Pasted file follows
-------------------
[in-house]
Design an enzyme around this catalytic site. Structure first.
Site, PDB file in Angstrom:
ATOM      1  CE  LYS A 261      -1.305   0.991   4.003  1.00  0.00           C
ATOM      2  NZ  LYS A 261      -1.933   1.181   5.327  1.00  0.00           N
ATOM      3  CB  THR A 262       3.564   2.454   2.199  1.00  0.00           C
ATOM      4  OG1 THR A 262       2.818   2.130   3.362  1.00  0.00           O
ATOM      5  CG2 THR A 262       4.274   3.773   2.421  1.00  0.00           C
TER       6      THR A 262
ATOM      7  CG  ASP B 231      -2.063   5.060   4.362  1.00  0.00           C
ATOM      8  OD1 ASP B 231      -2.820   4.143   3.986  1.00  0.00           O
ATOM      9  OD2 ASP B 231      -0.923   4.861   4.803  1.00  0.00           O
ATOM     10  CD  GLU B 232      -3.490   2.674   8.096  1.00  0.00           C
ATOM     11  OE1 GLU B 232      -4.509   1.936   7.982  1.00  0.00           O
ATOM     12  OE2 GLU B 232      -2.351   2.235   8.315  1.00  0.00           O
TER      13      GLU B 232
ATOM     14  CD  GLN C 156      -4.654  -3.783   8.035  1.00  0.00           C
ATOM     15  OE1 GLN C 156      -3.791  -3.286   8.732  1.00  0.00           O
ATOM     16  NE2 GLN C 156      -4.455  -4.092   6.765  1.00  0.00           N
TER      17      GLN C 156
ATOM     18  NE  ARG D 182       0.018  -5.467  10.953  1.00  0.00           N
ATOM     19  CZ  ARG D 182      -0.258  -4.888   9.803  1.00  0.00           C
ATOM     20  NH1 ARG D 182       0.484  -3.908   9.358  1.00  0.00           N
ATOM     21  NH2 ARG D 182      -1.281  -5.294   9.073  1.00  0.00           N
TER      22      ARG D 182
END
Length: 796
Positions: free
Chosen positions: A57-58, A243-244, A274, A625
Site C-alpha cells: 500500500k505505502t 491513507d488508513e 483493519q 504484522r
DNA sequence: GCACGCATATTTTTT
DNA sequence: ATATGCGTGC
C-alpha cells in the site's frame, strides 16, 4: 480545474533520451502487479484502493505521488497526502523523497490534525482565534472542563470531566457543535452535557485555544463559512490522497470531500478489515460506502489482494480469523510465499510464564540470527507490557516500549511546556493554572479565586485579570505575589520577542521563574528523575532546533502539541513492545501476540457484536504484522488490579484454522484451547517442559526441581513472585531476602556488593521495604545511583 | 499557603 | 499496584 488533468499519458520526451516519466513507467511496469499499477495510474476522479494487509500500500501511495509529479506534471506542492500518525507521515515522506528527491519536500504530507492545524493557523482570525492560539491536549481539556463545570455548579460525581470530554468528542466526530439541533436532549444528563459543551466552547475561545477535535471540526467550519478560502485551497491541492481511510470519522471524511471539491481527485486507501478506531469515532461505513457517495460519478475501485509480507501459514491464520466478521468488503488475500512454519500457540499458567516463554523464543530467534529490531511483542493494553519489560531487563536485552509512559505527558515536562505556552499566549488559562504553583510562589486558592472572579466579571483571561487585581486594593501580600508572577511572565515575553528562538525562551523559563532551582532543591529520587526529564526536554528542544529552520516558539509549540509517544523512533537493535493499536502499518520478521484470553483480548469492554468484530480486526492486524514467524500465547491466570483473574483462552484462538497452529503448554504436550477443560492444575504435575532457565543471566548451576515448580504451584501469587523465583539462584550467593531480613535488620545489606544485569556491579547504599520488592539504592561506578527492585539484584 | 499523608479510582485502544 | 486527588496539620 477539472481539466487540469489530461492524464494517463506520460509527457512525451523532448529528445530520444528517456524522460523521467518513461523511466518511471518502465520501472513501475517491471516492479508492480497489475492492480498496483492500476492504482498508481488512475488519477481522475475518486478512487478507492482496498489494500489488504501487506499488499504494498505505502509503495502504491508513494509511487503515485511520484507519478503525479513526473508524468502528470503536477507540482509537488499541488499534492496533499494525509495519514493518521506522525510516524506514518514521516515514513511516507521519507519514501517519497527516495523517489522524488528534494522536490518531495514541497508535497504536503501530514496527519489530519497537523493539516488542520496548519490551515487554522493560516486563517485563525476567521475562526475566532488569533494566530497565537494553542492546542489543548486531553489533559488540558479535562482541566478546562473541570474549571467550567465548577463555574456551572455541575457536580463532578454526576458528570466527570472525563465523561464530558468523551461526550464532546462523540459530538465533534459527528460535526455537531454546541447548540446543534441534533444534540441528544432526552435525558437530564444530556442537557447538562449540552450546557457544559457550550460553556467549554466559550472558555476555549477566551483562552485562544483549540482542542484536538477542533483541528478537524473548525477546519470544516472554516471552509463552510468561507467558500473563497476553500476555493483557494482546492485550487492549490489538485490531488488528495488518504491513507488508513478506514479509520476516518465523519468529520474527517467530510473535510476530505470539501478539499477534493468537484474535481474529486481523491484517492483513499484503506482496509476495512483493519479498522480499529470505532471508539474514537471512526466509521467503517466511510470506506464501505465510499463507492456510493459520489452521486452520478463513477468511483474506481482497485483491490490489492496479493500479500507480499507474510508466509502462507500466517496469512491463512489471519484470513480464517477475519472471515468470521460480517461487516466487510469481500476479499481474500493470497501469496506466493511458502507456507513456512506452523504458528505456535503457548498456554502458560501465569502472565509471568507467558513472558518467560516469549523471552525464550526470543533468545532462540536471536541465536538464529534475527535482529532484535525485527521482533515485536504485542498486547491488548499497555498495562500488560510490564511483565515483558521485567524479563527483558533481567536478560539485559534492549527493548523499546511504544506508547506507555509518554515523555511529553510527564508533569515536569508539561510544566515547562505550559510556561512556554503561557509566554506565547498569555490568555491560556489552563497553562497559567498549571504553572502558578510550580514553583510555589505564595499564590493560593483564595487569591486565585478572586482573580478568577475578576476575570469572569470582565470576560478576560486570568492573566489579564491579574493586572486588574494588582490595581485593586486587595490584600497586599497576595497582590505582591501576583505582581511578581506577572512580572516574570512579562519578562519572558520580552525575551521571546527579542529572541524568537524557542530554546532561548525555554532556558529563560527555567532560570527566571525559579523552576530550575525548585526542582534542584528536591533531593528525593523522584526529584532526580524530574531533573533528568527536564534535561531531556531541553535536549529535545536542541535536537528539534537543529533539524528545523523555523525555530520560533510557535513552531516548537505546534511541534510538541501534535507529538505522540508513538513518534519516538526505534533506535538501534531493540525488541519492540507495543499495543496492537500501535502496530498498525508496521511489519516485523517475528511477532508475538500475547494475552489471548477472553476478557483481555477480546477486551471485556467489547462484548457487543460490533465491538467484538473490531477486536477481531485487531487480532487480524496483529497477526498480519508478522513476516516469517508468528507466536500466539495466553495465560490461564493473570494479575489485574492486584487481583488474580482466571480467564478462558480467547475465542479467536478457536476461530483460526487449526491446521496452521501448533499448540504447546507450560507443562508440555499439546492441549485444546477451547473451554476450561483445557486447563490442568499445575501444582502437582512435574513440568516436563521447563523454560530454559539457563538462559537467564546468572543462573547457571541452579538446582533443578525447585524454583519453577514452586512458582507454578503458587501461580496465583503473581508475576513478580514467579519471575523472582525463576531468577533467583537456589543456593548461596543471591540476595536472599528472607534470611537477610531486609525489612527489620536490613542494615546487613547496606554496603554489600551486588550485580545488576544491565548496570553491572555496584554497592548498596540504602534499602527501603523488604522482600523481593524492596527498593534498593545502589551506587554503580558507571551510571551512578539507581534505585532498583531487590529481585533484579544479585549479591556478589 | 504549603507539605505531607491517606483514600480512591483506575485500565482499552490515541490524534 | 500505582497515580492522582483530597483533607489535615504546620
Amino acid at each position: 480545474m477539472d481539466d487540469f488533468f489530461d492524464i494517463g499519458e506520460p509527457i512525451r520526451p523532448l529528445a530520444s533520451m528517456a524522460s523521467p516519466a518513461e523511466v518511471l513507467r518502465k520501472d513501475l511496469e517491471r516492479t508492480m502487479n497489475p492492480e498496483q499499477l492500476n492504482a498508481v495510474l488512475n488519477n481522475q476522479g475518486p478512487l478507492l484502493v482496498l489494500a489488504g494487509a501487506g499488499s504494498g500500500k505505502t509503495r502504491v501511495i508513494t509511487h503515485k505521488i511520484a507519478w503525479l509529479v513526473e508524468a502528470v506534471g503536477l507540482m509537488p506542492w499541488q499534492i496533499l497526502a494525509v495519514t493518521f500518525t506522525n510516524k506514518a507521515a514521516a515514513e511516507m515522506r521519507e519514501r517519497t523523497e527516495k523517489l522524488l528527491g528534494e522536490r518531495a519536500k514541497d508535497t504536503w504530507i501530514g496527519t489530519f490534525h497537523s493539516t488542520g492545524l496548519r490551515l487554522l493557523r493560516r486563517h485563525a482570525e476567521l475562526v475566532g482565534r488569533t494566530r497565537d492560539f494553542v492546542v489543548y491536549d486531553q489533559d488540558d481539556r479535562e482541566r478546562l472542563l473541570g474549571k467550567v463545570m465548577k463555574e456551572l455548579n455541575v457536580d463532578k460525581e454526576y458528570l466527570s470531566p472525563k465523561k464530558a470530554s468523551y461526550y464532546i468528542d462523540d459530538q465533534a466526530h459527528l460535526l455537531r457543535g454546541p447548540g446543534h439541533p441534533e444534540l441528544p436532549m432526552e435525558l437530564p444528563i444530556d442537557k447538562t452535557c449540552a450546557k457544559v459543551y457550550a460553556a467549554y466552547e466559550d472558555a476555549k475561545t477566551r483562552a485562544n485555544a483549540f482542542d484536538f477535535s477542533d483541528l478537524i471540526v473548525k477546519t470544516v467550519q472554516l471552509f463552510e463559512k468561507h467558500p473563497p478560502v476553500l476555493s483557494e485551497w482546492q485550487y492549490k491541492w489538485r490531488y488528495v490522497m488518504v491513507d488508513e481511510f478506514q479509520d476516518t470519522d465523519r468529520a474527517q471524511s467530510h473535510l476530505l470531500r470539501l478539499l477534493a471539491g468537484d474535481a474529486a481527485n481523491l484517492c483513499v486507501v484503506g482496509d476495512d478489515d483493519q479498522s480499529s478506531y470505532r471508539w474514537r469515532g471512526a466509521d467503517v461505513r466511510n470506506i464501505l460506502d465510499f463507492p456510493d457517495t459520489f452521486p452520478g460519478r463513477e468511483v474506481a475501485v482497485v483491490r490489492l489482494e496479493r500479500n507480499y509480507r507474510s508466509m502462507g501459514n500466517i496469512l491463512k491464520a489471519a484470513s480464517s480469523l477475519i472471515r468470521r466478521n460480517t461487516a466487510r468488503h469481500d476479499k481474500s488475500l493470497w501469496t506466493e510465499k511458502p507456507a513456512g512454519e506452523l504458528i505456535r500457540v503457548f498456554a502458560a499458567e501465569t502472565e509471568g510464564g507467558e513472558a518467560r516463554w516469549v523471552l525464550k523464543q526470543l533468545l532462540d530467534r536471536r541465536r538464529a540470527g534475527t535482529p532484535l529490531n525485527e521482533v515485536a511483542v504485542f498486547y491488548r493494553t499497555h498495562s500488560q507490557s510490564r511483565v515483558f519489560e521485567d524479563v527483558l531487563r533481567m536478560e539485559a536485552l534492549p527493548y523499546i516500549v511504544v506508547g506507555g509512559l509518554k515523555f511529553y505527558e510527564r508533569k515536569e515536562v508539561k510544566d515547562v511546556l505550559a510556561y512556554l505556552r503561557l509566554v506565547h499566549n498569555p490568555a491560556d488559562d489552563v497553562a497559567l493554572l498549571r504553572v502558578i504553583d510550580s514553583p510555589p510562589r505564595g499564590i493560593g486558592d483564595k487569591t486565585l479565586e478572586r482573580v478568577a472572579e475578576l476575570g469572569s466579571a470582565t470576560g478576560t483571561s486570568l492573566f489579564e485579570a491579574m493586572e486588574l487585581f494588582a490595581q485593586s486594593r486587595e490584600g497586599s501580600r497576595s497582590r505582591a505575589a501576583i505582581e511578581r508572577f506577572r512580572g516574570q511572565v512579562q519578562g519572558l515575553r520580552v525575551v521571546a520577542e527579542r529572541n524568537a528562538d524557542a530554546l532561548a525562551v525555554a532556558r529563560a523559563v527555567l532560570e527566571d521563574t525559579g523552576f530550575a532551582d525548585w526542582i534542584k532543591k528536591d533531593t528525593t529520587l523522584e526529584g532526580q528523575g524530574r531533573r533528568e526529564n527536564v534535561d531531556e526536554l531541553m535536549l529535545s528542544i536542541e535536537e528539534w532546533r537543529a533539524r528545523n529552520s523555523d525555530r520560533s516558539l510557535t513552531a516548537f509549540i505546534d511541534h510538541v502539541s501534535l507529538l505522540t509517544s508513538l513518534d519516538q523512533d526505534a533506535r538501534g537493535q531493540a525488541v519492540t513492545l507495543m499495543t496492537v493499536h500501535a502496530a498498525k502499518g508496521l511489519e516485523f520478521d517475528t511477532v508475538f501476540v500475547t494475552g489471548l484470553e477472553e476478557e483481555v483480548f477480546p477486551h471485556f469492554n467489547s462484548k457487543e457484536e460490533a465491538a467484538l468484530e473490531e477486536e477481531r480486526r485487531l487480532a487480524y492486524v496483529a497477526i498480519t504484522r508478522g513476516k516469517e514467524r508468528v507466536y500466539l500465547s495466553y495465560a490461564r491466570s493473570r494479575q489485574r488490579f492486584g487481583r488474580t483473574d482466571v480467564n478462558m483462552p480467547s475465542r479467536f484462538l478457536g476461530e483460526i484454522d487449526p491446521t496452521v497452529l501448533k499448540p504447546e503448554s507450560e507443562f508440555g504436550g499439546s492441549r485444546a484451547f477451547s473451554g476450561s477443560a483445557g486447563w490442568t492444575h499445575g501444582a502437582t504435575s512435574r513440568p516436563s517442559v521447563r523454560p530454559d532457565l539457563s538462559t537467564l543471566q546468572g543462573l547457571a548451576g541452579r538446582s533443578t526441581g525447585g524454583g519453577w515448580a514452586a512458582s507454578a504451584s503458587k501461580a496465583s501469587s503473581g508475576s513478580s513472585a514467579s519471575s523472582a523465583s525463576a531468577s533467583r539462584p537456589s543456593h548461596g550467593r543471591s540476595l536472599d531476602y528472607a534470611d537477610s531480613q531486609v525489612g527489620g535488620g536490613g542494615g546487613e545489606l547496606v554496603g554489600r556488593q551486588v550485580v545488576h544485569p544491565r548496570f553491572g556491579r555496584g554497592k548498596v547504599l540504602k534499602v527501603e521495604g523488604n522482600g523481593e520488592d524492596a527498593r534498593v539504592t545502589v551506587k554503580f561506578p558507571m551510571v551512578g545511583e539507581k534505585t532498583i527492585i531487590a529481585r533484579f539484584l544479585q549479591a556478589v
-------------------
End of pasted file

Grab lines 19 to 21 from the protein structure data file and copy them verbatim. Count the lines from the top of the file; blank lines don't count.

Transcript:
ATOM     16  NE2 GLN C 156      -4.455  -4.092   6.765  1.00  0.00           N
TER      17      GLN C 156
ATOM     18  NE  ARG D 182       0.018  -5.467  10.953  1.00  0.00           N